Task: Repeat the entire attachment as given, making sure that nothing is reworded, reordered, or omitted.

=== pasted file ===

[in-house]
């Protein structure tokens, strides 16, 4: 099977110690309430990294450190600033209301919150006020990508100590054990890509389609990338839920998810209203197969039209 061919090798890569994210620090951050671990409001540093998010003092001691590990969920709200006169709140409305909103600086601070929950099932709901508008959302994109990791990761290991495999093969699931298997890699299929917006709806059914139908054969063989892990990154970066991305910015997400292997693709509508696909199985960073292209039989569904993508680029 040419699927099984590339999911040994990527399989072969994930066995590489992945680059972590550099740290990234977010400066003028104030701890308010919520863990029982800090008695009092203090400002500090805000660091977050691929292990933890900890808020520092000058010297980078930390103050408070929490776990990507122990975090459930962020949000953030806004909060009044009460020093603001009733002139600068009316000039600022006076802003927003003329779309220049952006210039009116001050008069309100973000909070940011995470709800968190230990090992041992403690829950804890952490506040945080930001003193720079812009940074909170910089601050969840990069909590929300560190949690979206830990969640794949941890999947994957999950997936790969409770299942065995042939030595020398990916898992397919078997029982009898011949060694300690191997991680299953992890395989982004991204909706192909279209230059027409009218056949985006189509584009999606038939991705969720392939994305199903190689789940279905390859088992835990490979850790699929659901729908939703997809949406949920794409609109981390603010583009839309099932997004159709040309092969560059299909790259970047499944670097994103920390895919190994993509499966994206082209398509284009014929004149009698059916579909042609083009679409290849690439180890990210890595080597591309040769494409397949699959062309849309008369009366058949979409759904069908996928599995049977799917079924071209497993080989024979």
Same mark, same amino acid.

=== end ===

[in-house]
């Protein structure tokens, strides 16, 4: 099977110690309430990294450190600033209301919150006020990508100590054990890509389609990338839920998810209203197969039209 061919090798890569994210620090951050671990409001540093998010003092001691590990969920709200006169709140409305909103600086601070929950099932709901508008959302994109990791990761290991495999093969699931298997890699299929917006709806059914139908054969063989892990990154970066991305910015997400292997693709509508696909199985960073292209039989569904993508680029 040419699927099984590339999911040994990527399989072969994930066995590489992945680059972590550099740290990234977010400066003028104030701890308010919520863990029982800090008695009092203090400002500090805000660091977050691929292990933890900890808020520092000058010297980078930390103050408070929490776990990507122990975090459930962020949000953030806004909060009044009460020093603001009733002139600068009316000039600022006076802003927003003329779309220049952006210039009116001050008069309100973000909070940011995470709800968190230990090992041992403690829950804890952490506040945080930001003193720079812009940074909170910089601050969840990069909590929300560190949690979206830990969640794949941890999947994957999950997936790969409770299942065995042939030595020398990916898992397919078997029982009898011949060694300690191997991680299953992890395989982004991204909706192909279209230059027409009218056949985006189509584009999606038939991705969720392939994305199903190689789940279905390859088992835990490979850790699929659901729908939703997809949406949920794409609109981390603010583009839309099932997004159709040309092969560059299909790259970047499944670097994103920390895919190994993509499966994206082209398509284009014929004149009698059916579909042609083009679409290849690439180890990210890595080597591309040769494409397949699959062309849309008369009366058949979409759904069908996928599995049977799917079924071209497993080989024979």
Same mark, same amino acid.